External groups allow adding group members that exist in an identity store outside of the IdM domain. The external store can be a local system, an Active Directory domain, or a directory service.
Non-POSIX and external groups do not support POSIX attributes. For example, these groups do not have a GID defined.

Example 13.2. Searching for Different Types of User Groups

  1. Run the ipa group-find command to display all user groups.
  2. Run the ipa group-find --posix command to display all POSIX groups.
  3. Run the ipa group-find --nonposix command to display all non-POSIX groups.
  4. Run the ipa group-find --external command to display all external groups.

13.1.5. User and Host Groups Created by Default

Table 13.1. User and Host Groups Created by Default

Group Name User or Host Default Group Members
ipausers User group All IdM users
admins User group Users with administrative privileges, initially the default admin user
editors User group Users allowed to edit other IdM users in the web UI, without all the rights of an administrative user
trust admins User group Users with privileges to manage Active Directory trusts
ipaservers Host group All IdM server hosts
Adding a user to a user group applies the privileges and policies associated with the group. For example, adding a user to the admins group grants the user administrative privileges.

Warning

Be careful when adding hosts to the ipaservers host group. All hosts in ipaservers have the ability to promote themselves to an IdM server.
In addition, IdM creates user private groups by default whenever a new user is created in IdM.
  • The user private group has the same name as the user for which it was created.
  • The user is the only member of the user private group.
  • GID of the private groups matches the UID of the user.

Example 13.3. Viewing User Private Groups

Run the ipa group-find --private command to display all user private groups:
$ ipa group-find --private
----------------
2 groups matched
----------------
  Group name: user1
  Description: User private group for user1
  GID: 830400006
  
  Group name: user2
  Description: User private group for user2
  GID: 830400004
----------------------------
Number of entries returned 2
----------------------------
In some situations, it is better to avoid creating user private groups, such as when a NIS group or another system group already uses the GID that would be assigned to the user private group. See Section 13.4, “Disabling User Private Groups”.

13.2. Adding and Removing User or Host Groups

To add a group, you can use:
IdM enables specifying a custom GID when creating a user group. If you do this, be careful to avoid ID conflicts. See Section 14.6, “Ensuring That ID Values Are Unique”. If you do not specify a custom GID, IdM automatically assigns a GID from the available ID range.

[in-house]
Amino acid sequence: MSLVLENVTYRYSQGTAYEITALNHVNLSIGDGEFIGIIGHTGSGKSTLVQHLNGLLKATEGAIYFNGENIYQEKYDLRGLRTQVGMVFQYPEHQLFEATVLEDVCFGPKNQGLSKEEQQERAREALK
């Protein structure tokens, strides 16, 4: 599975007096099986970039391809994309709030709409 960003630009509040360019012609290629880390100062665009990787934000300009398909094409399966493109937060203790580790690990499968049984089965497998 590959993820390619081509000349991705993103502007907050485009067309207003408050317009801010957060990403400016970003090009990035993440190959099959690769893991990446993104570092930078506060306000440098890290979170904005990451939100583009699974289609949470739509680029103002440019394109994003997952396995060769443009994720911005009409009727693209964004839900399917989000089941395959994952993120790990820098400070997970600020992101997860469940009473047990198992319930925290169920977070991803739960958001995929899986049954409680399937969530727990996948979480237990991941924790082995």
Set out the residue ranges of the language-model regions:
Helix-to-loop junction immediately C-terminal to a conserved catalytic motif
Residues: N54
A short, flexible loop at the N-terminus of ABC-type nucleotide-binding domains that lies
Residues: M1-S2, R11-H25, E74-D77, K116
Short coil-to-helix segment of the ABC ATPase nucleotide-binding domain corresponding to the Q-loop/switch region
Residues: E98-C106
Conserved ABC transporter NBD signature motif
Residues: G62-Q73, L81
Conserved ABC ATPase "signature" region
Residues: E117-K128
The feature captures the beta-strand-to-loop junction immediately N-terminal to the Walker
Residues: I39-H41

To remove a group, you can use:
Note that removing a group does not delete the group members from IdM.

Web UI: Adding a User or Host Group

  1. Click IdentityUser Groups or IdentityHost Groups.
  2. Click Add to start adding the group.
  3. Fill out the information about the group.
    For details on user group types, see Section 13.1.4, “User Group Types in IdM”.
  4. Click Add to confirm.

Command Line: Adding a User or Host Group

  1. Log in as the administrator:
    $ kinit admin
  2. To add a user group, use the ipa group-add command. To add a host group, use the ipa hostgroup-add command.
    $ ipa group-add group_name
    -----------------------
    Added group "group_name"
    ------------------------
By default, ipa group-add adds a POSIX user group. To specify a different group type, add options to ipa group-add:
  • --nonposix to create a non-POSIX group
  • --external to create an external group
For details on group types, see Section 13.1.4, “User Group Types in IdM”.

Web UI: Removing a User or Host Group

  1. Click IdentityUser Groups or IdentityHost Groups.
  2. Select the group to remove, and click Delete.

Command Line: Removing a User or Host Group

  1. Log in as the administrator:
    $ kinit admin
  2. To delete a user group, use the ipa group-del group_name command. To delete a host group, use the ipa hostgroup-del group_name command.
    $ ipa group-del group_name
    --------------------------
    Deleted group "group_name"
    --------------------------

13.3. Adding and Removing User or Host Group Members

To add members to user groups, you can use:

Important

When adding another user group as a member, do not create recursive groups. For example, if Group A is a member of Group B, do not add Group B as a member of Group A. Recursive groups can cause unpredictable behavior.
To remove members from user groups, you can use:

Web UI: Adding a Member to a User or Host Group

  1. Click IdentityUser Groups or IdentityHost Groups.
  2. Click the name of the group.
  3. Select the type of group member you want to add. For example, Users, User Groups, or External for user groups.
    Adding User Group Members

    Figure 13.3. Adding User Group Members

  4. Click Add.
  5. Select the member you want to add, and click Add to confirm.

Command Line: Adding a Member to a User Group

  1. Optional. Use the ipa group-find or ipa hostgroup-find command to find the group.
  2. To add a member to a user group, use the ipa group-add-member command. To add a member to a host group, use the ipa hostgroup-add-member command.